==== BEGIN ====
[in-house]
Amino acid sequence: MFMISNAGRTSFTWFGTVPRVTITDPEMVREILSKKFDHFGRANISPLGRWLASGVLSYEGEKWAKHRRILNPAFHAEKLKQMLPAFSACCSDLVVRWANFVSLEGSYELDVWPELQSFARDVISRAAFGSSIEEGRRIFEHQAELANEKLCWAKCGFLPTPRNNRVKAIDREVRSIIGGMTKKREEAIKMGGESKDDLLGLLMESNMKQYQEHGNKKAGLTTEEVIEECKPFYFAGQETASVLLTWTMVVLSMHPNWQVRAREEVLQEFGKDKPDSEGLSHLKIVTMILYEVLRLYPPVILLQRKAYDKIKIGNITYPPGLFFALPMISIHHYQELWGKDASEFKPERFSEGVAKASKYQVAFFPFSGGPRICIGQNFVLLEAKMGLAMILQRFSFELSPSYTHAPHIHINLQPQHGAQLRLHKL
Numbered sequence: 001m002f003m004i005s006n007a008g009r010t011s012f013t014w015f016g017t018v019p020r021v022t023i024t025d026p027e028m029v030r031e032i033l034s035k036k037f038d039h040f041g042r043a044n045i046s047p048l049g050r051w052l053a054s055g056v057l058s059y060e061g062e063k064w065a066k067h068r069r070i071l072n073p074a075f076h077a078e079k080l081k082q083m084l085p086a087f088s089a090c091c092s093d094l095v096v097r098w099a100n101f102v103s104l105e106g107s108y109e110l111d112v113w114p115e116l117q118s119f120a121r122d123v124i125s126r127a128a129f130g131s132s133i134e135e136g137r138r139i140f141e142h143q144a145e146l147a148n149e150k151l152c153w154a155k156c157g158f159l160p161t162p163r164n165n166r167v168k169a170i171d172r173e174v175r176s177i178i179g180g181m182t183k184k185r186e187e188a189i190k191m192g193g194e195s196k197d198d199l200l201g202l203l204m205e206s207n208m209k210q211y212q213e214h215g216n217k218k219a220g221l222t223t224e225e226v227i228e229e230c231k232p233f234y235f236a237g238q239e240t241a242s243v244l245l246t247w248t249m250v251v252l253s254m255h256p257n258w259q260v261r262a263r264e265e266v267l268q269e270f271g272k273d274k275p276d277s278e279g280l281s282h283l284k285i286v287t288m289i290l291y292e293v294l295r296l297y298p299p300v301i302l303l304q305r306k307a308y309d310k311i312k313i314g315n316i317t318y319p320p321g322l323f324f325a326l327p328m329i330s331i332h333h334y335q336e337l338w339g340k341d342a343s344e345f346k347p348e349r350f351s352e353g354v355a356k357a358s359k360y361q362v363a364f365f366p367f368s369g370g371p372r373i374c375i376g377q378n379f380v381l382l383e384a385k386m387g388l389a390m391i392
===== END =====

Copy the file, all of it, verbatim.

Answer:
[in-house]
Amino acid sequence: MFMISNAGRTSFTWFGTVPRVTITDPEMVREILSKKFDHFGRANISPLGRWLASGVLSYEGEKWAKHRRILNPAFHAEKLKQMLPAFSACCSDLVVRWANFVSLEGSYELDVWPELQSFARDVISRAAFGSSIEEGRRIFEHQAELANEKLCWAKCGFLPTPRNNRVKAIDREVRSIIGGMTKKREEAIKMGGESKDDLLGLLMESNMKQYQEHGNKKAGLTTEEVIEECKPFYFAGQETASVLLTWTMVVLSMHPNWQVRAREEVLQEFGKDKPDSEGLSHLKIVTMILYEVLRLYPPVILLQRKAYDKIKIGNITYPPGLFFALPMISIHHYQELWGKDASEFKPERFSEGVAKASKYQVAFFPFSGGPRICIGQNFVLLEAKMGLAMILQRFSFELSPSYTHAPHIHINLQPQHGAQLRLHKL
Numbered sequence: 001m002f003m004i005s006n007a008g009r010t011s012f013t014w015f016g017t018v019p020r021v022t023i024t025d026p027e028m029v030r031e032i033l034s035k036k037f038d039h040f041g042r043a044n045i046s047p048l049g050r051w052l053a054s055g056v057l058s059y060e061g062e063k064w065a066k067h068r069r070i071l072n073p074a075f076h077a078e079k080l081k082q083m084l085p086a087f088s089a090c091c092s093d094l095v096v097r098w099a100n101f102v103s104l105e106g107s108y109e110l111d112v113w114p115e116l117q118s119f120a121r122d123v124i125s126r127a128a129f130g131s132s133i134e135e136g137r138r139i140f141e142h143q144a145e146l147a148n149e150k151l152c153w154a155k156c157g158f159l160p161t162p163r164n165n166r167v168k169a170i171d172r173e174v175r176s177i178i179g180g181m182t183k184k185r186e187e188a189i190k191m192g193g194e195s196k197d198d199l200l201g202l203l204m205e206s207n208m209k210q211y212q213e214h215g216n217k218k219a220g221l222t223t224e225e226v227i228e229e230c231k232p233f234y235f236a237g238q239e240t241a242s243v244l245l246t247w248t249m250v251v252l253s254m255h256p257n258w259q260v261r262a263r264e265e266v267l268q269e270f271g272k273d274k275p276d277s278e279g280l281s282h283l284k285i286v287t288m289i290l291y292e293v294l295r296l297y298p299p300v301i302l303l304q305r306k307a308y309d310k311i312k313i314g315n316i317t318y319p320p321g322l323f324f325a326l327p328m329i330s331i332h333h334y335q336e337l338w339g340k341d342a343s344e345f346k347p348e349r350f351s352e353g354v355a356k357a358s359k360y361q362v363a364f365f366p367f368s369g370g371p372r373i374c375i376g377q378n379f380v381l382l383e384a385k386m387g388l389a390m391i392